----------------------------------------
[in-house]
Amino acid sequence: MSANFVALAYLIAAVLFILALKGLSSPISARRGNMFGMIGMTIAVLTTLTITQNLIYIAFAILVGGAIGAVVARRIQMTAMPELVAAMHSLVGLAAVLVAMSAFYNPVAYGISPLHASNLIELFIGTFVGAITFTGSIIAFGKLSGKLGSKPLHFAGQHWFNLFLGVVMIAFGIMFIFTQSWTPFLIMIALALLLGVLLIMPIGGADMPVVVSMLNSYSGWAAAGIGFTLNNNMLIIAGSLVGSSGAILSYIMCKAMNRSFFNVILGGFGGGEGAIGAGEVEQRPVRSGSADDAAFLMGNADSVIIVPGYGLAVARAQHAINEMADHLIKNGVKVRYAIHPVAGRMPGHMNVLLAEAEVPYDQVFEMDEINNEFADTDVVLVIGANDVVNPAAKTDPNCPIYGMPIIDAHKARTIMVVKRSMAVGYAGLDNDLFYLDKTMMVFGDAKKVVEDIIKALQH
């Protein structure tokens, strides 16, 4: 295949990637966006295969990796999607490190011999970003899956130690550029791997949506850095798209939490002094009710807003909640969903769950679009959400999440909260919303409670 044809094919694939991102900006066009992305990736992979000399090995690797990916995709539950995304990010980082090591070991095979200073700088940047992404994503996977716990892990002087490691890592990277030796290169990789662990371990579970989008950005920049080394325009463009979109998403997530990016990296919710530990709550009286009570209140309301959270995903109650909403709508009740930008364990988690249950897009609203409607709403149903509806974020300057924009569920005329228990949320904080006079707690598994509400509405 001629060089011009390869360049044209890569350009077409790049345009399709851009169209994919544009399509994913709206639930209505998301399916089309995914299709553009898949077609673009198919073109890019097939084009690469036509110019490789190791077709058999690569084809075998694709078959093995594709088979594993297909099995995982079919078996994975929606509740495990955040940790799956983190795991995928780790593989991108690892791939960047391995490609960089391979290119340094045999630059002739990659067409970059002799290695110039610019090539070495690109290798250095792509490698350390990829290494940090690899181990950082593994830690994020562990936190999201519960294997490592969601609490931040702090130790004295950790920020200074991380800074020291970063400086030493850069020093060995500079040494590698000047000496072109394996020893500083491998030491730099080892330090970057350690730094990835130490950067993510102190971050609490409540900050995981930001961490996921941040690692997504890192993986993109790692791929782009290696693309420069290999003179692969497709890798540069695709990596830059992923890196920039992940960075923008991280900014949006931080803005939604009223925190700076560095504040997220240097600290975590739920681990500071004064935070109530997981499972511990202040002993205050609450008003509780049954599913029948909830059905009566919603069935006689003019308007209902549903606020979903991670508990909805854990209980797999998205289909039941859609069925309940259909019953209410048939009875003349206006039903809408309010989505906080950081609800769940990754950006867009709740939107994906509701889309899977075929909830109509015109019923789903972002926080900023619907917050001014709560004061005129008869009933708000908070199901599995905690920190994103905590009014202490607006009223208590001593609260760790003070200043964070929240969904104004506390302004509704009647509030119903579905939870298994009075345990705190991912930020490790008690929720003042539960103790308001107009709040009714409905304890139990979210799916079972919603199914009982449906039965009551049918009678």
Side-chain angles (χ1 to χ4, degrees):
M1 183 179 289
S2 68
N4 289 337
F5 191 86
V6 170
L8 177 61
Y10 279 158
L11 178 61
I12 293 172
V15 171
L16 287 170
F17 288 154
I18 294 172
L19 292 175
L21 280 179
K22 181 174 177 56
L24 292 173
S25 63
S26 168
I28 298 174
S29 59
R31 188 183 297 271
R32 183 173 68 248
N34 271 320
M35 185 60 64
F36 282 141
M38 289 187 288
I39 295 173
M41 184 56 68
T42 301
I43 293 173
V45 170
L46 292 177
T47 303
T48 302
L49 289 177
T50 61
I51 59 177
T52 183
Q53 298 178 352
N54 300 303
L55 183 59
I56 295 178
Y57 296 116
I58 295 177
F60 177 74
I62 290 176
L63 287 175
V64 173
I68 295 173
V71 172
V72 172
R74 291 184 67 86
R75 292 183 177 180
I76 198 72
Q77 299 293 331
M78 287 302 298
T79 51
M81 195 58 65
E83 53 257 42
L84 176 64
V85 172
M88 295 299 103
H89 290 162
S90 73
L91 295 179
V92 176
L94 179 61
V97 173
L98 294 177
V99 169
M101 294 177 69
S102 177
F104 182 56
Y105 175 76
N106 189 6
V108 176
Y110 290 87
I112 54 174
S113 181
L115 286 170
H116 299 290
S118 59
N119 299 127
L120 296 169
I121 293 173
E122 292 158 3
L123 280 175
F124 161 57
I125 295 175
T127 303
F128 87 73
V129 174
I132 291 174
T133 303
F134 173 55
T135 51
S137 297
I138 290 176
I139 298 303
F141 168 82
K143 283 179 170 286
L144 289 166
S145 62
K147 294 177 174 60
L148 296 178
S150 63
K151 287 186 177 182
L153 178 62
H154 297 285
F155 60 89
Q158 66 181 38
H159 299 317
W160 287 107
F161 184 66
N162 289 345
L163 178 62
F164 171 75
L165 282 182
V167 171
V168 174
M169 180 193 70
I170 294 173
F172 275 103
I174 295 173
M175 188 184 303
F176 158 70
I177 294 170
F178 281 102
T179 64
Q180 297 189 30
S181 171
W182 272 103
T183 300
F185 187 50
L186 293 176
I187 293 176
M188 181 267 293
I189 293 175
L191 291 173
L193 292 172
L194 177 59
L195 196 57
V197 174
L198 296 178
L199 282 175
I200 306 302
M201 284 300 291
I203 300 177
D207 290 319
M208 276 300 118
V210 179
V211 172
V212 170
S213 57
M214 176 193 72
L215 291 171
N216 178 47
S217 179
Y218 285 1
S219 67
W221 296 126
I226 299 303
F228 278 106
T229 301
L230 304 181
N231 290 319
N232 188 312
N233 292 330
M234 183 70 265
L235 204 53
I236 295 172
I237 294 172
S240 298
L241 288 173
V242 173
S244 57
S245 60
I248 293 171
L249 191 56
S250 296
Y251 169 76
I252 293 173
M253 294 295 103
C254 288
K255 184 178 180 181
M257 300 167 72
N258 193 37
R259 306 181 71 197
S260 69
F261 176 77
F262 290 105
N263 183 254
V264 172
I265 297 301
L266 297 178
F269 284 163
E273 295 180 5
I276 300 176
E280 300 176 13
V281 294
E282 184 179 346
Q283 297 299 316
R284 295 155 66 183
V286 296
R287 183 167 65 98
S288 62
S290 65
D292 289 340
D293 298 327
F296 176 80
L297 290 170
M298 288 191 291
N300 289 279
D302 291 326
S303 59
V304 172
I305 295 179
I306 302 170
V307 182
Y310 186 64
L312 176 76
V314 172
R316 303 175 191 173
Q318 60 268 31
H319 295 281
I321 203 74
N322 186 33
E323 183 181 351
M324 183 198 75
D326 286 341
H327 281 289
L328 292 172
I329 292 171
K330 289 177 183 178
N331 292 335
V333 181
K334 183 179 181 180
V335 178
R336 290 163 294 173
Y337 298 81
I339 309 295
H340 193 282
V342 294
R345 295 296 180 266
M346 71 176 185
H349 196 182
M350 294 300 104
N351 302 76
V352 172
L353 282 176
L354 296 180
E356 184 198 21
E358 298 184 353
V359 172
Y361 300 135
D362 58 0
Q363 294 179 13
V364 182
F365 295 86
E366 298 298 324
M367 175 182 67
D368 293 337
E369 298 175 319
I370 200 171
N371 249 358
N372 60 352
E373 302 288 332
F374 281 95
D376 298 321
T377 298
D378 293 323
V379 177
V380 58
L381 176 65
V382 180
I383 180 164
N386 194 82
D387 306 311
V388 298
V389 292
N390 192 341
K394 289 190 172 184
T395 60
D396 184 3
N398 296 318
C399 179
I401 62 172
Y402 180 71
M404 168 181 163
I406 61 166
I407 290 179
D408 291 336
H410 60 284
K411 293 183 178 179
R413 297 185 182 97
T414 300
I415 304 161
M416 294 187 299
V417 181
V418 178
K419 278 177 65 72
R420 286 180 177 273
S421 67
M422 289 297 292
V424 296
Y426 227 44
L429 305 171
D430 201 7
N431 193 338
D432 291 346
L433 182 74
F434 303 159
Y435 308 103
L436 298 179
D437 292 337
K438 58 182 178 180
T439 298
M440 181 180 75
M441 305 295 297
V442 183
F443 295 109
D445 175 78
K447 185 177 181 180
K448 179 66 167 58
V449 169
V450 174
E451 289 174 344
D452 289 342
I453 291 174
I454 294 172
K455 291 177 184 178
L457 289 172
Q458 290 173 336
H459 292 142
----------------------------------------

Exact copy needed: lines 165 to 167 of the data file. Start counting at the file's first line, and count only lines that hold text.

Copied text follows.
S219 67
W221 296 126
I226 299 303